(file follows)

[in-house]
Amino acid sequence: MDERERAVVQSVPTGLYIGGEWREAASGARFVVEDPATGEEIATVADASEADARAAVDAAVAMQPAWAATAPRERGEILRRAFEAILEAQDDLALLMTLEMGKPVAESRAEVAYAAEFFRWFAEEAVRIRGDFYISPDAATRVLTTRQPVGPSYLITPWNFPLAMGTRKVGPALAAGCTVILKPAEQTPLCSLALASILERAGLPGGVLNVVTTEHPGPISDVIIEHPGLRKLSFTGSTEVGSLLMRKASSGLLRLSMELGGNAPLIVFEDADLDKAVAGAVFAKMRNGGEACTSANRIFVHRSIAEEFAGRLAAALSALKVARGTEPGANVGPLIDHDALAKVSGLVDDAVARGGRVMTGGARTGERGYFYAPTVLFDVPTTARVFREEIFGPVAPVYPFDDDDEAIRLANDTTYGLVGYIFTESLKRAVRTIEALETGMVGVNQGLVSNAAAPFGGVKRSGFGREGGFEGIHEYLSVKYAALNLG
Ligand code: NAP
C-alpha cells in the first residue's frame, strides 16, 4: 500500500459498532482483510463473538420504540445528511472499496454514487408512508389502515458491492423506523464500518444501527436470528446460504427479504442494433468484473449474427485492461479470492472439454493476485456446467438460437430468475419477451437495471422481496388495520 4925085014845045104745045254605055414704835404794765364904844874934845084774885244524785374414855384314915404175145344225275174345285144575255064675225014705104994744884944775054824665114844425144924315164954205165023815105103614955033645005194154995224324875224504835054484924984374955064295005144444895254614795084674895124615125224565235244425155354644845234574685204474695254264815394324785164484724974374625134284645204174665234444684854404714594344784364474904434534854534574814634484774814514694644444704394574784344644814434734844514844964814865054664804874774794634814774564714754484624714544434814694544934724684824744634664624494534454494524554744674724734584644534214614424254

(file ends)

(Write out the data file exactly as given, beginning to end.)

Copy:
[in-house]
Amino acid sequence: MDERERAVVQSVPTGLYIGGEWREAASGARFVVEDPATGEEIATVADASEADARAAVDAAVAMQPAWAATAPRERGEILRRAFEAILEAQDDLALLMTLEMGKPVAESRAEVAYAAEFFRWFAEEAVRIRGDFYISPDAATRVLTTRQPVGPSYLITPWNFPLAMGTRKVGPALAAGCTVILKPAEQTPLCSLALASILERAGLPGGVLNVVTTEHPGPISDVIIEHPGLRKLSFTGSTEVGSLLMRKASSGLLRLSMELGGNAPLIVFEDADLDKAVAGAVFAKMRNGGEACTSANRIFVHRSIAEEFAGRLAAALSALKVARGTEPGANVGPLIDHDALAKVSGLVDDAVARGGRVMTGGARTGERGYFYAPTVLFDVPTTARVFREEIFGPVAPVYPFDDDDEAIRLANDTTYGLVGYIFTESLKRAVRTIEALETGMVGVNQGLVSNAAAPFGGVKRSGFGREGGFEGIHEYLSVKYAALNLG
Ligand code: NAP
C-alpha cells in the first residue's frame, strides 16, 4: 500500500459498532482483510463473538420504540445528511472499496454514487408512508389502515458491492423506523464500518444501527436470528446460504427479504442494433468484473449474427485492461479470492472439454493476485456446467438460437430468475419477451437495471422481496388495520 4925085014845045104745045254605055414704835404794765364904844874934845084774885244524785374414855384314915404175145344225275174345285144575255064675225014705104994744884944775054824665114844425144924315164954205165023815105103614955033645005194154995224324875224504835054484924984374955064295005144444895254614795084674895124615125224565235244425155354644845234574685204474695254264815394324785164484724974374625134284645204174665234444684854404714594344784364474904434534854534574814634484774814514694644444704394574784344644814434734844514844964814865054664804874774794634814774564714754484624714544434814694544934724684824744634664624494534454494524554744674724734584644534214614424254